November 12th, 2012

Miami-Dade Major Nancy Perez Caught in Lie on Witness Stand 9

By Carlos Miller

I’m still converting clips of the trial so I can post them here but I couldn’t resist editing the above clip that shows Miami-Dade Police Major Nancy Perez lying blatantly on the witness stand about me calling her “names.”

As many commenters have confirmed, she made a horrible witness and didn’t do the state any favors.

I can only imagine how she will act during the civil trial that will eventually take place after I file my Section 1983 lawsuit against her and the Miami-Dade Police Department.

Nancy Perez under cross examination by attorney Arnold Trevilla (Photo by Bruce Wayne Stanley)

 

The fact that she lied about me calling her names is not surprising. She also lied to a local news station that I was being monitored by the department’s Homeland Security Bureau because I had been making threats on the internet.

Prosecutor Thomas D. Graham acknowledged in court that the reason I was being monitored was because I had stated on either Facebook or Twitter that I would be documenting the Occupy Miami eviction, writing something to the effect of “let’s see what happens.”

I tried to search for that Facebook update or tweet but could not find it, but I could see myself writing something like that and even the judge said that doesn’t come close to being considered a threat.

And we saw what happened. I ended up in jail and had my footage deleted and I was under the threat of being imprisoned for a year.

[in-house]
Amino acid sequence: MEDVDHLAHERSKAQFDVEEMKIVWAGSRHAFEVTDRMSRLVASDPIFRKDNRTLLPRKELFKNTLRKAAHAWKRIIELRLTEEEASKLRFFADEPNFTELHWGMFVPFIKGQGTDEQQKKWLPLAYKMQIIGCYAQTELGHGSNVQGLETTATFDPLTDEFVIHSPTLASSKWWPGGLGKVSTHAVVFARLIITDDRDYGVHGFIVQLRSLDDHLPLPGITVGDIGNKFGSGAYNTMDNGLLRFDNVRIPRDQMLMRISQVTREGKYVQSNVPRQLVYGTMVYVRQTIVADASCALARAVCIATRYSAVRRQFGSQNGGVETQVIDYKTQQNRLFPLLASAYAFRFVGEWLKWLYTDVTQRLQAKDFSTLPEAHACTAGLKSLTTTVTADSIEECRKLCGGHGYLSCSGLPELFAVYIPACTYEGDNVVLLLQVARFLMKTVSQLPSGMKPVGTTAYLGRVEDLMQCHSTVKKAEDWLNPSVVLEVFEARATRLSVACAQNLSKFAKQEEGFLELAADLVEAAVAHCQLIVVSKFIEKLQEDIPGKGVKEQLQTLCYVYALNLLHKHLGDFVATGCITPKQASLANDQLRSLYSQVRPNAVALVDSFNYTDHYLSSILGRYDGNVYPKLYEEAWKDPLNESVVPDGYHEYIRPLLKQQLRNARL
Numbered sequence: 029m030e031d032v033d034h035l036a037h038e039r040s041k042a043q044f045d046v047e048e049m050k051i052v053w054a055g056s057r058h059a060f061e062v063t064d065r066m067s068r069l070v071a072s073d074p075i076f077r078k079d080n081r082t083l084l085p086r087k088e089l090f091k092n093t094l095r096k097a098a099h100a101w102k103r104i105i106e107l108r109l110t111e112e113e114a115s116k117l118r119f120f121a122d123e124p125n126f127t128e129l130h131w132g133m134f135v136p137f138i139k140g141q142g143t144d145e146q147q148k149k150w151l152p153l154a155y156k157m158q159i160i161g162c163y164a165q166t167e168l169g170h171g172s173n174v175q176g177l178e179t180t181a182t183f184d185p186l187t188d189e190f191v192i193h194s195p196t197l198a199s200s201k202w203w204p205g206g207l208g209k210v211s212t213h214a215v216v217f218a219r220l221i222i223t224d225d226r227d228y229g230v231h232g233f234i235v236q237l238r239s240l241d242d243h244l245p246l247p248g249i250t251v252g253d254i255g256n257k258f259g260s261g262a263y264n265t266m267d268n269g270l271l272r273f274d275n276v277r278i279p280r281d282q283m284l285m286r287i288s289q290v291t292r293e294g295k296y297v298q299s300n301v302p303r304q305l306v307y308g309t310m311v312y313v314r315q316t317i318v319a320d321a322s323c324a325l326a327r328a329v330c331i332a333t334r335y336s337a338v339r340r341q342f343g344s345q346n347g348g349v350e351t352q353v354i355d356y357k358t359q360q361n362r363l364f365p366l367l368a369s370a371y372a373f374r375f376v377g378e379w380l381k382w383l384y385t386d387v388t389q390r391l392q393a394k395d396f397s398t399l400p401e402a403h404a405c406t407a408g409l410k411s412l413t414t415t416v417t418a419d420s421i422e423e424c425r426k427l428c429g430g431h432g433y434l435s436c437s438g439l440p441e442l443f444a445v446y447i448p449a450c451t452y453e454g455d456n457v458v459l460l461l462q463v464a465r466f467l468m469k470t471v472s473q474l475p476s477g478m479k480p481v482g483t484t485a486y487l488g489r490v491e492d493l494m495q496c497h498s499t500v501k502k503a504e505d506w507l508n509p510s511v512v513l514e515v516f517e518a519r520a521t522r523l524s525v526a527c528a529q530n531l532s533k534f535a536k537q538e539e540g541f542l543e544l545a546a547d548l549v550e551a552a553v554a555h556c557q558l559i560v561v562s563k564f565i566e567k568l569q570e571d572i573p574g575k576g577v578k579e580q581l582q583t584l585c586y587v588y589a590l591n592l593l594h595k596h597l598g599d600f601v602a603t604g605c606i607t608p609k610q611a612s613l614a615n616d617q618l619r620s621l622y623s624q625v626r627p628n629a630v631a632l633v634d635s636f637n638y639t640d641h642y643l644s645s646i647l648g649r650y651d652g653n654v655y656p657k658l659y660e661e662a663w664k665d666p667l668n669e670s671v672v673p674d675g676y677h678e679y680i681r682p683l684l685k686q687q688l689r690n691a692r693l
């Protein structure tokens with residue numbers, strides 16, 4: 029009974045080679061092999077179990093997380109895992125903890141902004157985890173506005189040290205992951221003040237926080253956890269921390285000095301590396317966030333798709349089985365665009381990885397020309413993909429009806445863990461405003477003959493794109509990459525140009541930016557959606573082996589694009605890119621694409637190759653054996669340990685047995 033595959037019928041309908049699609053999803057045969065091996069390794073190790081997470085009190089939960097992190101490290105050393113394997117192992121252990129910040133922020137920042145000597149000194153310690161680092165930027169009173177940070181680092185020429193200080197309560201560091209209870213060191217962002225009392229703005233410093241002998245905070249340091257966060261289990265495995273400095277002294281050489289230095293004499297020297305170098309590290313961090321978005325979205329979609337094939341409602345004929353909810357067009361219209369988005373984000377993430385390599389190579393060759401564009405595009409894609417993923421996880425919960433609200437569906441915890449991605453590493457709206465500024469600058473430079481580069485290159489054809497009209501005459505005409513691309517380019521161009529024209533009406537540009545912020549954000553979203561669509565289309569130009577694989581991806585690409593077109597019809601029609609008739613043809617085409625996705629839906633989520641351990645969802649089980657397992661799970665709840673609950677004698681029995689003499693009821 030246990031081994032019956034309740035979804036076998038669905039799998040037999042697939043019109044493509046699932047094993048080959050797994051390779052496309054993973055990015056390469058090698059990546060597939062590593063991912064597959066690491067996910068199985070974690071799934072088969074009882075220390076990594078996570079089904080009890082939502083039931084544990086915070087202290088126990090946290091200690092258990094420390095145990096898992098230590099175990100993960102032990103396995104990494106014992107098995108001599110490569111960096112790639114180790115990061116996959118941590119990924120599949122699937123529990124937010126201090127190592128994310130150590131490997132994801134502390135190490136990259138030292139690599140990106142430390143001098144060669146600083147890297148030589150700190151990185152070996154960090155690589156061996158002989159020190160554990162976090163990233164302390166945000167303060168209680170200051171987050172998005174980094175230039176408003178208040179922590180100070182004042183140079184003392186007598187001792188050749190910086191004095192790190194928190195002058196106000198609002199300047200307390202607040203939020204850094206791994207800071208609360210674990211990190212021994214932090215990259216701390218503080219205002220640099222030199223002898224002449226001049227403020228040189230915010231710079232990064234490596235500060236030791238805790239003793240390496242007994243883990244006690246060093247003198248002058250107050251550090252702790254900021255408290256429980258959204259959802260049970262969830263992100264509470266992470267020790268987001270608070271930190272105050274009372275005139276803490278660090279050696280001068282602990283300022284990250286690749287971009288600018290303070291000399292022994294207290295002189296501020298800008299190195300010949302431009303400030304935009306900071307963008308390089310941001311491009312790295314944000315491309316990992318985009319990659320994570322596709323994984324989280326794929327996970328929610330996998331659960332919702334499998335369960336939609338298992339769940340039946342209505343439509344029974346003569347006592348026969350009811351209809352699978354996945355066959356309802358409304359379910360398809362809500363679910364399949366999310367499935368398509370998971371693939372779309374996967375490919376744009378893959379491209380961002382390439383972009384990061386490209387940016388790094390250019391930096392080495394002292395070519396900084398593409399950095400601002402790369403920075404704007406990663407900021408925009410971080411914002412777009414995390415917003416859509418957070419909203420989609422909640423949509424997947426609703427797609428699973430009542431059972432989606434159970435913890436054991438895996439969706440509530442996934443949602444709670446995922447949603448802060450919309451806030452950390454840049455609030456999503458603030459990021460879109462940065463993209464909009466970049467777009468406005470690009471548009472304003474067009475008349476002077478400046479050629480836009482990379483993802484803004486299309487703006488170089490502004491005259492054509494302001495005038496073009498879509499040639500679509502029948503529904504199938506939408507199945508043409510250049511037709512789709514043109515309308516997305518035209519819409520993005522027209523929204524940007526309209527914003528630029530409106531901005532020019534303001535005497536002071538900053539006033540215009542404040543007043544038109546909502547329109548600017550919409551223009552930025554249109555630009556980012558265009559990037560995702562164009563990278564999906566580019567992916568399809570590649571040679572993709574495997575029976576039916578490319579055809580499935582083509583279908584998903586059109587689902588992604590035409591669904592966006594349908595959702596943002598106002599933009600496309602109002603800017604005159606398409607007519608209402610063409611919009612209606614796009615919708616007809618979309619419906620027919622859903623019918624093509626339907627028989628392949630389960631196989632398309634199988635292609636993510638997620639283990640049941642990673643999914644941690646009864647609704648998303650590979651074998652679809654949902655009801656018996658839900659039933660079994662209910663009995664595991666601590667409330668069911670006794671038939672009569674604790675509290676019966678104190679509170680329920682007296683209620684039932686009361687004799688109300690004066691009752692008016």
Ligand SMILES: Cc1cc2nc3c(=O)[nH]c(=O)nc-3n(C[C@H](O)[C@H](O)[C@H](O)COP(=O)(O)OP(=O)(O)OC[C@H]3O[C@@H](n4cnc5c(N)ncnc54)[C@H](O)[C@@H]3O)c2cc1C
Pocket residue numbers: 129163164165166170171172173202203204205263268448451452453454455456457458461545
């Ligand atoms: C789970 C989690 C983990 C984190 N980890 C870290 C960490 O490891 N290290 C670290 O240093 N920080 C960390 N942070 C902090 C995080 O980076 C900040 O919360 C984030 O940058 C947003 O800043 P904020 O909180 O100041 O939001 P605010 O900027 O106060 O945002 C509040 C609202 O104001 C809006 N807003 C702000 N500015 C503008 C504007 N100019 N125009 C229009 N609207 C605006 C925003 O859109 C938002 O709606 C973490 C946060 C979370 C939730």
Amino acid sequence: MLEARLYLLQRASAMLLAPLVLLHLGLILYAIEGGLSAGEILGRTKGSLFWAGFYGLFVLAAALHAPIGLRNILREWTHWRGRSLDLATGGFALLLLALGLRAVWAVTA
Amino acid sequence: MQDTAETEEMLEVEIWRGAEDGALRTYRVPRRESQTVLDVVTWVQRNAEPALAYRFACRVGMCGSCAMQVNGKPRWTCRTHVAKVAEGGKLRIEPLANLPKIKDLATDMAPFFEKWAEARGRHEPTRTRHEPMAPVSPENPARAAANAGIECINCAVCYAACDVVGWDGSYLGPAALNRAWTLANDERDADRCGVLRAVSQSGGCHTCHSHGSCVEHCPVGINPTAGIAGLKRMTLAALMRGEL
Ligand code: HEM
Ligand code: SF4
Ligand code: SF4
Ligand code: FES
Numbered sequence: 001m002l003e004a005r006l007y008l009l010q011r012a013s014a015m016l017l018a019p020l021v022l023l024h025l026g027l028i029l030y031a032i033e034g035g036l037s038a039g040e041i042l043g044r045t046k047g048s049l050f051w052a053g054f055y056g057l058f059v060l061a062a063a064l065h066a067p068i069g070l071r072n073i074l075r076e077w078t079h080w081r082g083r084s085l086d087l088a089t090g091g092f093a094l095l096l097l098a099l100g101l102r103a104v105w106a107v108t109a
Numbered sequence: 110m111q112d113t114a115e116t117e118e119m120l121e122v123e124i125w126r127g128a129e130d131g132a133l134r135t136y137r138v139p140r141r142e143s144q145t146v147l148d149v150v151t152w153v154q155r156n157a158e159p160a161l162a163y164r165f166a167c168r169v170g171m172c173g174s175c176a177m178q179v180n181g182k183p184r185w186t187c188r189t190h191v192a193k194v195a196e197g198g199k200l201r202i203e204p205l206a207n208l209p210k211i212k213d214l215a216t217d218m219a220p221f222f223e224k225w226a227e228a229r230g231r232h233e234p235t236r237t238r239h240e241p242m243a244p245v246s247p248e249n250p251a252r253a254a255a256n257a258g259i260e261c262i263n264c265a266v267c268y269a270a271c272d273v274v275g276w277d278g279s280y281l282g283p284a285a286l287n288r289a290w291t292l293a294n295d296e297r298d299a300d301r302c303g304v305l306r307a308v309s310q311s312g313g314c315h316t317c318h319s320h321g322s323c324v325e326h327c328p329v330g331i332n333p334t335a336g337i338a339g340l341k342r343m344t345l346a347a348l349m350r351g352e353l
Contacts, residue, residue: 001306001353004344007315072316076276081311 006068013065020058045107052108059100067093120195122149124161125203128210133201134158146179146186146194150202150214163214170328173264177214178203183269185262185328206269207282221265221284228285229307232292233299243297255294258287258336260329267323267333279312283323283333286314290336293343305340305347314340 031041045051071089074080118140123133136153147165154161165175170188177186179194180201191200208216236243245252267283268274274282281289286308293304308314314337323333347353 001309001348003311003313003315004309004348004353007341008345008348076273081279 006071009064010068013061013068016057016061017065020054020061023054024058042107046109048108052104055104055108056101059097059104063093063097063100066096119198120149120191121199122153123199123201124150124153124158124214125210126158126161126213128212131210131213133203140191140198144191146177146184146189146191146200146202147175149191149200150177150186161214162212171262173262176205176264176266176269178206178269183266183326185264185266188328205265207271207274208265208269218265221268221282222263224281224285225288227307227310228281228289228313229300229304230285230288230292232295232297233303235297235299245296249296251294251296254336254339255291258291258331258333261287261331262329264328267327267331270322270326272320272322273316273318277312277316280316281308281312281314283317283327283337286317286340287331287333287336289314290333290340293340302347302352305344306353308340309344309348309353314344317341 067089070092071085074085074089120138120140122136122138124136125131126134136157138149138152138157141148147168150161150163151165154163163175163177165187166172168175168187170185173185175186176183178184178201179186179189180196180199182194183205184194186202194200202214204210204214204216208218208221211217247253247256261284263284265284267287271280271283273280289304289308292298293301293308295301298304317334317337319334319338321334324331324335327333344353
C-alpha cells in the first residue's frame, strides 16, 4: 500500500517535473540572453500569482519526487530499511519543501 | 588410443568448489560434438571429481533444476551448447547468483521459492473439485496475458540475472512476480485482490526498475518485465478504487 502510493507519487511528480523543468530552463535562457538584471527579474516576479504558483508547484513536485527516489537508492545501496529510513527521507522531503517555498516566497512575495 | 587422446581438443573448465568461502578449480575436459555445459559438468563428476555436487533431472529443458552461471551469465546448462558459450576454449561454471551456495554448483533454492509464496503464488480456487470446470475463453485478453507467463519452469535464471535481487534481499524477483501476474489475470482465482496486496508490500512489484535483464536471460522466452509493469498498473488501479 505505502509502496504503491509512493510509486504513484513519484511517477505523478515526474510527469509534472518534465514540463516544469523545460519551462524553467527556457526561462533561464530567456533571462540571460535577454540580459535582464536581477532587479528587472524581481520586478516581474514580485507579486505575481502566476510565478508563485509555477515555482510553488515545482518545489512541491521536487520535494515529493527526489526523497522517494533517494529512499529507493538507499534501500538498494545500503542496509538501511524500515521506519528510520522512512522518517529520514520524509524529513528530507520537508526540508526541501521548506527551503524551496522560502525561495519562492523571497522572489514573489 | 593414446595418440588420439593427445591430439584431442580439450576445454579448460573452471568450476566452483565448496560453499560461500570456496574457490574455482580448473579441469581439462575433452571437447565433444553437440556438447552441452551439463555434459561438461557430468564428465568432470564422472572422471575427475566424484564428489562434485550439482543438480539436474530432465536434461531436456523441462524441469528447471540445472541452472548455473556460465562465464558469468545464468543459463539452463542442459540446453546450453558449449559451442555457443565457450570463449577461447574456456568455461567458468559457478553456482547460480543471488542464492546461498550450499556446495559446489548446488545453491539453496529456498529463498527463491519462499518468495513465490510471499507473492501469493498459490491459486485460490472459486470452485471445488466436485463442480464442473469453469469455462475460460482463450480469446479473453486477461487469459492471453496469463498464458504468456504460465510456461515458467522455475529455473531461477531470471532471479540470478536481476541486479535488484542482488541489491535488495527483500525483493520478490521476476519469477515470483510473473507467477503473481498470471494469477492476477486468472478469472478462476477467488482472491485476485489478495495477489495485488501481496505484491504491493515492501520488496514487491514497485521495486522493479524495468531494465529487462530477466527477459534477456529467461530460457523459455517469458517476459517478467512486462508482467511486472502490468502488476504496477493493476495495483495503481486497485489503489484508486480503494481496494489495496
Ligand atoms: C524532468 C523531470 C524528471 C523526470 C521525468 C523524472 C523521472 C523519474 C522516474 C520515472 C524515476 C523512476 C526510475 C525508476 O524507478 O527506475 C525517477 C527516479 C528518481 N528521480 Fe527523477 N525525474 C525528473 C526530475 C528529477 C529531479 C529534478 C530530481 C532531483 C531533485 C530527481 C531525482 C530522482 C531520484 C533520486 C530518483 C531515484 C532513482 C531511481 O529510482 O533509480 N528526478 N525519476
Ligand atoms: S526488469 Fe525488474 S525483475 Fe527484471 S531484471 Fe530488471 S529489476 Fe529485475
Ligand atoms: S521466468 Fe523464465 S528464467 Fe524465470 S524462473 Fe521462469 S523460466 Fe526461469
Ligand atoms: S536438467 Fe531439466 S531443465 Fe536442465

The actual email from Homeland Security was not entered into evidence because it also mentioned that I had been arrested twice before, which is not something my attorney wanted the jury to know. And I can totally see his point even though I have no shame in arrests considering none of those charges stuck.

The email was sent eleven hours before my arrest but Perez testified that she had not viewed it until the following week because she had been teaching a class that day.

But she does have a department-issued Blackberry phone, which means she is able to access her emails even when she is not sitting in front of her computer.

And as the head of the department’s media relations department, it would be highly irresponsible and negligent to completely ignore her emails hours before what was to be one of the largest operations ever conducted by the police department.

After all, she claims, she is the type of public information officer who likes to take journalists by the hand in order to protect them from arrest.

She also testified that I made no attempt through the eviction to inform her that I was a journalist but that is not my responsibility.

In fact, it is her responsibility as a public information officer to reach out to me if she had any doubts or questions as to whether I was a journalist or a protester.

And considering she was among the officers that was blocking my shot as I was trying to record an arrest, she should have heard me tell one of the officers that I was doing a job.

Meanwhile, here is the testimony from my surprise witness, Miami Herald reporter Glenn Garvin.